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Process is the Punishment, The

Process is the Punishment, The: Handling Cases in a Lower Criminal Court

Copyright Date: 1992
Published by: Russell Sage Foundation
Pages: 364
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  • Book Info
    Process is the Punishment, The
    Book Description:

    First published in 1979, this classic work set the standard for later court studies. Focusing on the workings of the New Haven court system, Feeley explores fundamental questions about how justice is administered in our society and reexamines conventional theories about how the criminal justice system functions. Examining the process and the players, Feeley's analysis, firmly rooted in organizational theory and open systems theory, describes the dynamics of the courthouse and emphasizes interdependencies, adaptation, institutional maintenance, and adversarial relationships in an effort to make sense of the process as it is experienced by those who participate in it. "This book's findings are well worth the attention of the serious criminal justice student, and the analyses reveal a thoughtful, probing, and provocative important contribution to the debate on the role and limits of discretion in American criminal justice. It deserves to be read by all those who are interested in the outcome of the debate." —Jerome H. Skolnick, American Bar Foundation Research Journal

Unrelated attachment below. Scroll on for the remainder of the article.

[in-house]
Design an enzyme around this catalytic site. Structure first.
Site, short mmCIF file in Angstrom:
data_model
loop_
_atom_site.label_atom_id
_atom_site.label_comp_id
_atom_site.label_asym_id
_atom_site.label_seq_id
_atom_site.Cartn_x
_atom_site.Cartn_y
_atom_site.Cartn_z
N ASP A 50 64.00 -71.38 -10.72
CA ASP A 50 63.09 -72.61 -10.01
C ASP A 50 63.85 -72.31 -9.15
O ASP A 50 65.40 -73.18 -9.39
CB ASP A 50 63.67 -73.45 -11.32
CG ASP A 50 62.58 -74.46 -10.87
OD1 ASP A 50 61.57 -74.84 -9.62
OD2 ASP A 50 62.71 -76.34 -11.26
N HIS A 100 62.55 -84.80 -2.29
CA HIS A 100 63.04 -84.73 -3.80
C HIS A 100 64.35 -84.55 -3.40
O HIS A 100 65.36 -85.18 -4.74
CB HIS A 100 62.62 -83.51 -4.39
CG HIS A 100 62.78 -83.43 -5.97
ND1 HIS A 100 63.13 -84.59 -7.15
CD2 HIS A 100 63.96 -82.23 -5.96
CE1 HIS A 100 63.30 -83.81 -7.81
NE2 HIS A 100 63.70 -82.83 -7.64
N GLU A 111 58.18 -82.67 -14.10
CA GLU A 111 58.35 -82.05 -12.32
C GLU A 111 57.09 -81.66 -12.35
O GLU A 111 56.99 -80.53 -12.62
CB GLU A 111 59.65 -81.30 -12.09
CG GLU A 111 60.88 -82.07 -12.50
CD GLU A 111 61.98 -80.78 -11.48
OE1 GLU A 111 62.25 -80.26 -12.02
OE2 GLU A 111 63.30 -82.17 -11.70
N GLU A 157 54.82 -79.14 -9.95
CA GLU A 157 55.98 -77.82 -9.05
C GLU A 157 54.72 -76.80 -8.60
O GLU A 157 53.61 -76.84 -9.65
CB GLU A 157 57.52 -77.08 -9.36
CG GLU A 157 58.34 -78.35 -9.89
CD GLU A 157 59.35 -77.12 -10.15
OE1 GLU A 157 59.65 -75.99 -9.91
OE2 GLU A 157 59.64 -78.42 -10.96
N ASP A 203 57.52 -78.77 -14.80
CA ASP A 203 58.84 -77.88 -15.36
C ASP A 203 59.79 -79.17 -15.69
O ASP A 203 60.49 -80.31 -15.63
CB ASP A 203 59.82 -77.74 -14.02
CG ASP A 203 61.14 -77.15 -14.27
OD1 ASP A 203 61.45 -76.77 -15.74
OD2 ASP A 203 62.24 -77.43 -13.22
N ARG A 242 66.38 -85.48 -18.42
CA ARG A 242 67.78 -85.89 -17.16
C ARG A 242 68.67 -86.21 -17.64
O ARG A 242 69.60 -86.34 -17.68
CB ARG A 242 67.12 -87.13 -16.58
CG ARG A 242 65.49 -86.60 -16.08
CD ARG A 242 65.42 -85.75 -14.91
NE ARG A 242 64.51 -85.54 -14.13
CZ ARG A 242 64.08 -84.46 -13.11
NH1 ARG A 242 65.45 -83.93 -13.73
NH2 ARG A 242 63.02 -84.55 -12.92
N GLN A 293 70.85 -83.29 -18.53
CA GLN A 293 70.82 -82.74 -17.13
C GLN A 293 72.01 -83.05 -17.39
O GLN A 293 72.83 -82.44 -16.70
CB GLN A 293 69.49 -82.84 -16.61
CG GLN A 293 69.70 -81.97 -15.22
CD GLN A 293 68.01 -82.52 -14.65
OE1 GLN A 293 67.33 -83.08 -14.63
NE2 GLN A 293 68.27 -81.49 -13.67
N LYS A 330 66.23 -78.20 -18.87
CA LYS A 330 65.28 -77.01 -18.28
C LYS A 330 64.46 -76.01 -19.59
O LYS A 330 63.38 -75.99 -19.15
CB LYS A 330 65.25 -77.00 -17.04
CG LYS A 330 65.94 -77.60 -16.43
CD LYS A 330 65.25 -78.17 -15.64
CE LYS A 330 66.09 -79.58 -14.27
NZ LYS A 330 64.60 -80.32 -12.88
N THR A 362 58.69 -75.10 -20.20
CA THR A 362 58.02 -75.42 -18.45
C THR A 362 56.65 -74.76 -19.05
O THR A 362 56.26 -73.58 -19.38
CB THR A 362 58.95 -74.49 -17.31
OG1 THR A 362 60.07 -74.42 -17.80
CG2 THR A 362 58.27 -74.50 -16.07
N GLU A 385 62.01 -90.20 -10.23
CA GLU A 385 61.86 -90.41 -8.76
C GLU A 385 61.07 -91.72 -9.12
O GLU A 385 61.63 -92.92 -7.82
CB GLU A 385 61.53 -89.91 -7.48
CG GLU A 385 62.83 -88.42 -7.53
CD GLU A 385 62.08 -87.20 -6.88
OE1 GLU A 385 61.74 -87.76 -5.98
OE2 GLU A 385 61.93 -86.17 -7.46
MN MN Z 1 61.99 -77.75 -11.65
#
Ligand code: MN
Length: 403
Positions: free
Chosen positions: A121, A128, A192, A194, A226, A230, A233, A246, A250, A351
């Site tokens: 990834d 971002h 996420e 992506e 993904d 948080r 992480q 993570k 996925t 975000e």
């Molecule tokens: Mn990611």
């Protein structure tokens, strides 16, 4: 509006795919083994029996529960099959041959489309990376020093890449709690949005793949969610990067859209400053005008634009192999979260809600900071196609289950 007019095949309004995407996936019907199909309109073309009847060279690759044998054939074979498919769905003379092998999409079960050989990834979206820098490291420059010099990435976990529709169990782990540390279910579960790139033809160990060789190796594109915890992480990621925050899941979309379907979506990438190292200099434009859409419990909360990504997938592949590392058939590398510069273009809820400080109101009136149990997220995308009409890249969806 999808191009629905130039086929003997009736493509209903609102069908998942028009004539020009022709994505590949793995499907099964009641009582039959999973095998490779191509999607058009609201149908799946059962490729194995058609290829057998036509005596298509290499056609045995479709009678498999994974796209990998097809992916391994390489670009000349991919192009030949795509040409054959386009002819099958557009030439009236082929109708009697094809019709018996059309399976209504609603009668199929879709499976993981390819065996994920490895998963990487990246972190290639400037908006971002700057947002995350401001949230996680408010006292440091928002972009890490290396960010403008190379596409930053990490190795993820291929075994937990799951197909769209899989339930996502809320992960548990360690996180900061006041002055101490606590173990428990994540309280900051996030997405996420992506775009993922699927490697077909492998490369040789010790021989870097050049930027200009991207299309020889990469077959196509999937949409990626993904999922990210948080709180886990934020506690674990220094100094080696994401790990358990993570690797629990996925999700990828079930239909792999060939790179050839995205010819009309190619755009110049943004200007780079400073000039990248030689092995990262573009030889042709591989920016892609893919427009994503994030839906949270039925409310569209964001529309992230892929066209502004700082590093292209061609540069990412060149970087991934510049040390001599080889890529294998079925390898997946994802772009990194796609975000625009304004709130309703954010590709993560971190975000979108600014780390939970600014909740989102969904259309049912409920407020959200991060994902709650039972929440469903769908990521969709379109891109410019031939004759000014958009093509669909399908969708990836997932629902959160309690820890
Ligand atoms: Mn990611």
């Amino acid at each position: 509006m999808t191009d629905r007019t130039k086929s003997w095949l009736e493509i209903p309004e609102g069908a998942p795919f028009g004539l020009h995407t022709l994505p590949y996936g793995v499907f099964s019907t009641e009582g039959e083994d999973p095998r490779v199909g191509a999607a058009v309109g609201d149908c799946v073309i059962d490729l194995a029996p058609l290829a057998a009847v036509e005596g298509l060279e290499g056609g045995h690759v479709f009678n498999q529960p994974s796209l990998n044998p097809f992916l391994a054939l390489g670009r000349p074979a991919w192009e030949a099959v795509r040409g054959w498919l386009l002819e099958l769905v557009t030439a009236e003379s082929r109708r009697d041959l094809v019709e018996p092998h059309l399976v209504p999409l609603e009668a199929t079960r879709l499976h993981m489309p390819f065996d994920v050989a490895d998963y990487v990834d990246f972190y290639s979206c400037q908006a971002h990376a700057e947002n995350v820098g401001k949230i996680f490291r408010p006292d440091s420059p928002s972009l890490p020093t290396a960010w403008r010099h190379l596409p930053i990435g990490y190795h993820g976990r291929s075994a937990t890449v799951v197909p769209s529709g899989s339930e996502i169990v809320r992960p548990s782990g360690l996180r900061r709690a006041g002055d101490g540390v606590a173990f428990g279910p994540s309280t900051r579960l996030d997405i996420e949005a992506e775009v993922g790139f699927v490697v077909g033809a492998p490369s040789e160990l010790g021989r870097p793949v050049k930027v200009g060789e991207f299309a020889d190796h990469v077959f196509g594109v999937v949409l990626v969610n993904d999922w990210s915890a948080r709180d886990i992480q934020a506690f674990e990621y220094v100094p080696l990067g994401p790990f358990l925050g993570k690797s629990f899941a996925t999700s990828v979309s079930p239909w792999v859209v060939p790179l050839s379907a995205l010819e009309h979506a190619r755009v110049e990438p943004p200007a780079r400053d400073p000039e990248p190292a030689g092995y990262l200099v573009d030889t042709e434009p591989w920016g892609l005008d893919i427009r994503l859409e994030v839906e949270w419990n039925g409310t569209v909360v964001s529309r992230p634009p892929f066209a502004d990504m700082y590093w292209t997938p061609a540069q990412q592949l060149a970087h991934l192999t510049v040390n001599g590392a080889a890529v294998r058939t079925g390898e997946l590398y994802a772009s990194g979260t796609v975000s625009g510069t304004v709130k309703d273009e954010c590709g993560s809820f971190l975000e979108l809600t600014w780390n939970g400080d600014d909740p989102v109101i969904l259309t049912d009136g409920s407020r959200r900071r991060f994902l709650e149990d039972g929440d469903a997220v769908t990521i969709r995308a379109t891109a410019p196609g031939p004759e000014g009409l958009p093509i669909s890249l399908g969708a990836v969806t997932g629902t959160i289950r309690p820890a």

eISBN: 978-1-61044-201-5
    Subjects: Sociology, Political Science, Law

Table of Contents

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  1. Front Matter
    (pp. i-vi)
  2. Table of Contents
    (pp. vii-x)
    (pp. xi-xiv)
    (pp. xv-xx)
    Joseph R. Gusfield

    The paperback edition ofThe Process Is the Punishmentis a welcome sign that legal realism is neither dead nor sick. Malcolm Feeley’s 1979 study has already taken its place as one of the major studies of how laws are administered in the United States. The intensive scrutiny of legal doctrine that law school culture perpetuates has been recognized as a distorted map of how legal institutions operate or even should operate. In their daily lives, human beings act within contexts that are both immediate and remote. Doctrine is remote—written, interpreted, and misinterpreted far from the complex realities of...

    (pp. xxi-xxvi)
    Malcolm M. Feeley
    (pp. xxvii-2)